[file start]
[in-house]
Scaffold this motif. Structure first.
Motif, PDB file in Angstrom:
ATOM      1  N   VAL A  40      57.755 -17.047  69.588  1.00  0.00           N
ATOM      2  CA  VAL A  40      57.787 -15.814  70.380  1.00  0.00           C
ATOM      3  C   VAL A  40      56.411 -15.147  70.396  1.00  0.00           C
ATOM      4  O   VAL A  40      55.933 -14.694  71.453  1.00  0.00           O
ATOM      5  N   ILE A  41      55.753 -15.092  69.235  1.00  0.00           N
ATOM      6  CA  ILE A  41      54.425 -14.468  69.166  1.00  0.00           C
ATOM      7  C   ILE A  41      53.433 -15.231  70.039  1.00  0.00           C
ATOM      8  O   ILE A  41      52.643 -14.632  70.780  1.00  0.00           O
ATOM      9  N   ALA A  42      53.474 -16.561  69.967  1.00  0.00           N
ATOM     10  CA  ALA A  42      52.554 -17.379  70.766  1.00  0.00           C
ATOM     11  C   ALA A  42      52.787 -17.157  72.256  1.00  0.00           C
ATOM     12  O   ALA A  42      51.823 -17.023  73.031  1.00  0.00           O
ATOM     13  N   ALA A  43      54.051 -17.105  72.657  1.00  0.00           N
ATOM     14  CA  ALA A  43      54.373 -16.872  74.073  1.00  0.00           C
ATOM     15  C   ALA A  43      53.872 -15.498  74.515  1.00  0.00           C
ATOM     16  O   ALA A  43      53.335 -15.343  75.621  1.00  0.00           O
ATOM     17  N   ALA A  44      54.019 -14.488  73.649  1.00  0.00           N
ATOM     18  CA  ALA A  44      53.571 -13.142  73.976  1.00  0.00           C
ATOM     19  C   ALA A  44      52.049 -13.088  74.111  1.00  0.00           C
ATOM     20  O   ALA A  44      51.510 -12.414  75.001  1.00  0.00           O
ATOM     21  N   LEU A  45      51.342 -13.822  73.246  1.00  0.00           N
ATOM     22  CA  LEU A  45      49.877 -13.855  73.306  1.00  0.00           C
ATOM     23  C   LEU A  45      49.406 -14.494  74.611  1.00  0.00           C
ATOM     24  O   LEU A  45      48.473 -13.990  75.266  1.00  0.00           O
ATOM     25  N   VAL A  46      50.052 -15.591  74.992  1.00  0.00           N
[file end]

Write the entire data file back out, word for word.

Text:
[in-house]
Scaffold this motif. Structure first.
Motif, PDB file in Angstrom:
ATOM      1  N   VAL A  40      57.755 -17.047  69.588  1.00  0.00           N
ATOM      2  CA  VAL A  40      57.787 -15.814  70.380  1.00  0.00           C
ATOM      3  C   VAL A  40      56.411 -15.147  70.396  1.00  0.00           C
ATOM      4  O   VAL A  40      55.933 -14.694  71.453  1.00  0.00           O
ATOM      5  N   ILE A  41      55.753 -15.092  69.235  1.00  0.00           N
ATOM      6  CA  ILE A  41      54.425 -14.468  69.166  1.00  0.00           C
ATOM      7  C   ILE A  41      53.433 -15.231  70.039  1.00  0.00           C
ATOM      8  O   ILE A  41      52.643 -14.632  70.780  1.00  0.00           O
ATOM      9  N   ALA A  42      53.474 -16.561  69.967  1.00  0.00           N
ATOM     10  CA  ALA A  42      52.554 -17.379  70.766  1.00  0.00           C
ATOM     11  C   ALA A  42      52.787 -17.157  72.256  1.00  0.00           C
ATOM     12  O   ALA A  42      51.823 -17.023  73.031  1.00  0.00           O
ATOM     13  N   ALA A  43      54.051 -17.105  72.657  1.00  0.00           N
ATOM     14  CA  ALA A  43      54.373 -16.872  74.073  1.00  0.00           C
ATOM     15  C   ALA A  43      53.872 -15.498  74.515  1.00  0.00           C
ATOM     16  O   ALA A  43      53.335 -15.343  75.621  1.00  0.00           O
ATOM     17  N   ALA A  44      54.019 -14.488  73.649  1.00  0.00           N
ATOM     18  CA  ALA A  44      53.571 -13.142  73.976  1.00  0.00           C
ATOM     19  C   ALA A  44      52.049 -13.088  74.111  1.00  0.00           C
ATOM     20  O   ALA A  44      51.510 -12.414  75.001  1.00  0.00           O
ATOM     21  N   LEU A  45      51.342 -13.822  73.246  1.00  0.00           N
ATOM     22  CA  LEU A  45      49.877 -13.855  73.306  1.00  0.00           C
ATOM     23  C   LEU A  45      49.406 -14.494  74.611  1.00  0.00           C
ATOM     24  O   LEU A  45      48.473 -13.990  75.266  1.00  0.00           O
ATOM     25  N   VAL A  46      50.052 -15.591  74.992  1.00  0.00           N